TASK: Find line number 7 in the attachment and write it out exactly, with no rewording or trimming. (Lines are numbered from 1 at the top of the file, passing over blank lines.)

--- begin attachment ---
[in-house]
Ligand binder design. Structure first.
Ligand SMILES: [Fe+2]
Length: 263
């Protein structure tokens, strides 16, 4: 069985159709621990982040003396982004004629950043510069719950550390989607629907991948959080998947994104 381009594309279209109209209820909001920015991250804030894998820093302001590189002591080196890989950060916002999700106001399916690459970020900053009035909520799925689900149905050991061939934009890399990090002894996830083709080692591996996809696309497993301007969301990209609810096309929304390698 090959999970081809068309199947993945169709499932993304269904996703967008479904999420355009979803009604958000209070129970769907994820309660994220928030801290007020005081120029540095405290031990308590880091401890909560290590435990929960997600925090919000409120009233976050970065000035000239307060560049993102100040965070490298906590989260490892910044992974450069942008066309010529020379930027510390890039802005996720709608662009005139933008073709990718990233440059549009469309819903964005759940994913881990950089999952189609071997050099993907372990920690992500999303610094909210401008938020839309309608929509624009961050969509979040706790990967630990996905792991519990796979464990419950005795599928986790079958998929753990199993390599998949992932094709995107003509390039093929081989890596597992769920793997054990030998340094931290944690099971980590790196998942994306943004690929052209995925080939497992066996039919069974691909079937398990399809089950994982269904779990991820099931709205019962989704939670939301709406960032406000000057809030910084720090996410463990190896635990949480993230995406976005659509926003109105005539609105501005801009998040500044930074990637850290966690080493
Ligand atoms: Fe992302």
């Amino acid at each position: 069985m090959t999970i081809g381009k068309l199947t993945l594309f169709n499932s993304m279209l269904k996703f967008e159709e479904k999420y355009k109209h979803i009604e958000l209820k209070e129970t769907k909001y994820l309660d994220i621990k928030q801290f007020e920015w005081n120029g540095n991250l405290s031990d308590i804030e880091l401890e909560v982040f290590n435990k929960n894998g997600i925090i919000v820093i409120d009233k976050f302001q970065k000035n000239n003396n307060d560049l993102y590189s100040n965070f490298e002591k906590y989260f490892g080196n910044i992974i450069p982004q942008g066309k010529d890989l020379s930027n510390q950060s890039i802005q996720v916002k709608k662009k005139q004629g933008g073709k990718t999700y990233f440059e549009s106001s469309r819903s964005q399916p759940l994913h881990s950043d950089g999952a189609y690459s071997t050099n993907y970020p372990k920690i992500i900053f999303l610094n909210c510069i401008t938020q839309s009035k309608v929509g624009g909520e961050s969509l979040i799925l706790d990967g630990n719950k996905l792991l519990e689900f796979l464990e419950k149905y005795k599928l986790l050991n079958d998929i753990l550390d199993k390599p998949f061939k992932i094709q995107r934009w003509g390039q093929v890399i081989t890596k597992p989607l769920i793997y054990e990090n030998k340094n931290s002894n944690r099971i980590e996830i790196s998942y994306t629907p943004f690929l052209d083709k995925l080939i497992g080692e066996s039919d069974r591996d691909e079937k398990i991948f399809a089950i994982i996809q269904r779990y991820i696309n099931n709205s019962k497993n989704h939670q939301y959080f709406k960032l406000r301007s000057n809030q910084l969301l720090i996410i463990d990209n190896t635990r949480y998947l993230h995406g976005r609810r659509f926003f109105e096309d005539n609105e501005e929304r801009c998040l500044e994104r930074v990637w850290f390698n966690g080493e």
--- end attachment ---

């Amino acid at each position: 069985m090959t999970i081809g381009k068309l199947t993945l594309f169709n499932s993304m279209l269904k996703f967008e159709e479904k999420y355009k109209h979803i009604e958000l209820k209070e129970t769907k909001y994820l309660d994220i621990k928030q801290f007020e920015w005081n120029g540095n991250l405290s031990d308590i804030e880091l401890e909560v982040f290590n435990k929960n894998g997600i925090i919000v820093i409120d009233k976050f302001q970065k000035n000239n003396n307060d560049l993102y590189s100040n965070f490298e002591k906590y989260f490892g080196n910044i992974i450069p982004q942008g066309k010529d890989l020379s930027n510390q950060s890039i802005q996720v916002k709608k662009k005139q004629g933008g073709k990718t999700y990233f440059e549009s106001s469309r819903s964005q399916p759940l994913h881990s950043d950089g999952a189609y690459s071997t050099n993907y970020p372990k920690i992500i900053f999303l610094n909210c510069i401008t938020q839309s009035k309608v929509g624009g909520e961050s969509l979040i799925l706790d990967g630990n719950k996905l792991l519990e689900f796979l464990e419950k149905y005795k599928l986790l050991n079958d998929i753990l550390d199993k390599p998949f061939k992932i094709q995107r934009w003509g390039q093929v890399i081989t890596k597992p989607l769920i793997y054990e990090n030998k340094n931290s002894n944690r099971i980590e996830i790196s998942y994306t629907p943004f690929l052209d083709k995925l080939i497992g080692e066996s039919d069974r591996d691909e079937k398990i991948f399809a089950i994982i996809q269904r779990y991820i696309n099931n709205s019962k497993n989704h939670q939301y959080f709406k960032l406000r301007s000057n809030q910084l969301l720090i996410i463990d990209n190896t635990r949480y998947l993230h995406g976005r609810r659509f926003f109105e096309d005539n609105e501005e929304r801009c998040l500044e994104r930074v990637w850290f390698n966690g080493e």